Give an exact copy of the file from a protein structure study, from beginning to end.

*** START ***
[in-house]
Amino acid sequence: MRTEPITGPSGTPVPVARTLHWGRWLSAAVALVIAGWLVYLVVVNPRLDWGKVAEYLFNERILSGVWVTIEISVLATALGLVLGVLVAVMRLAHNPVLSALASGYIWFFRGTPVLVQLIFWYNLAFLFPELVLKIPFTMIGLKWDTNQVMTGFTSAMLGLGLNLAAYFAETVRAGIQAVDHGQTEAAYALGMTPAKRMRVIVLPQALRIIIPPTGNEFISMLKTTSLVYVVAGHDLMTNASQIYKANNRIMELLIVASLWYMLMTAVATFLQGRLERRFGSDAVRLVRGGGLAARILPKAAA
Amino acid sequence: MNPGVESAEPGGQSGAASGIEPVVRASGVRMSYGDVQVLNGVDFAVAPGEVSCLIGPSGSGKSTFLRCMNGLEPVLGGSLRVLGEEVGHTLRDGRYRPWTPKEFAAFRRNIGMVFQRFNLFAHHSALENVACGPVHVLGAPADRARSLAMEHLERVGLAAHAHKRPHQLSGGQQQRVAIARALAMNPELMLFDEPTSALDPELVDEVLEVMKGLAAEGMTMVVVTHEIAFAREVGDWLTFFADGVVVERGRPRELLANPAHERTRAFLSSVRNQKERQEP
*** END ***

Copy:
[in-house]
Amino acid sequence: MRTEPITGPSGTPVPVARTLHWGRWLSAAVALVIAGWLVYLVVVNPRLDWGKVAEYLFNERILSGVWVTIEISVLATALGLVLGVLVAVMRLAHNPVLSALASGYIWFFRGTPVLVQLIFWYNLAFLFPELVLKIPFTMIGLKWDTNQVMTGFTSAMLGLGLNLAAYFAETVRAGIQAVDHGQTEAAYALGMTPAKRMRVIVLPQALRIIIPPTGNEFISMLKTTSLVYVVAGHDLMTNASQIYKANNRIMELLIVASLWYMLMTAVATFLQGRLERRFGSDAVRLVRGGGLAARILPKAAA
Amino acid sequence: MNPGVESAEPGGQSGAASGIEPVVRASGVRMSYGDVQVLNGVDFAVAPGEVSCLIGPSGSGKSTFLRCMNGLEPVLGGSLRVLGEEVGHTLRDGRYRPWTPKEFAAFRRNIGMVFQRFNLFAHHSALENVACGPVHVLGAPADRARSLAMEHLERVGLAAHAHKRPHQLSGGQQQRVAIARALAMNPELMLFDEPTSALDPELVDEVLEVMKGLAAEGMTMVVVTHEIAFAREVGDWLTFFADGVVVERGRPRELLANPAHERTRAFLSSVRNQKERQEP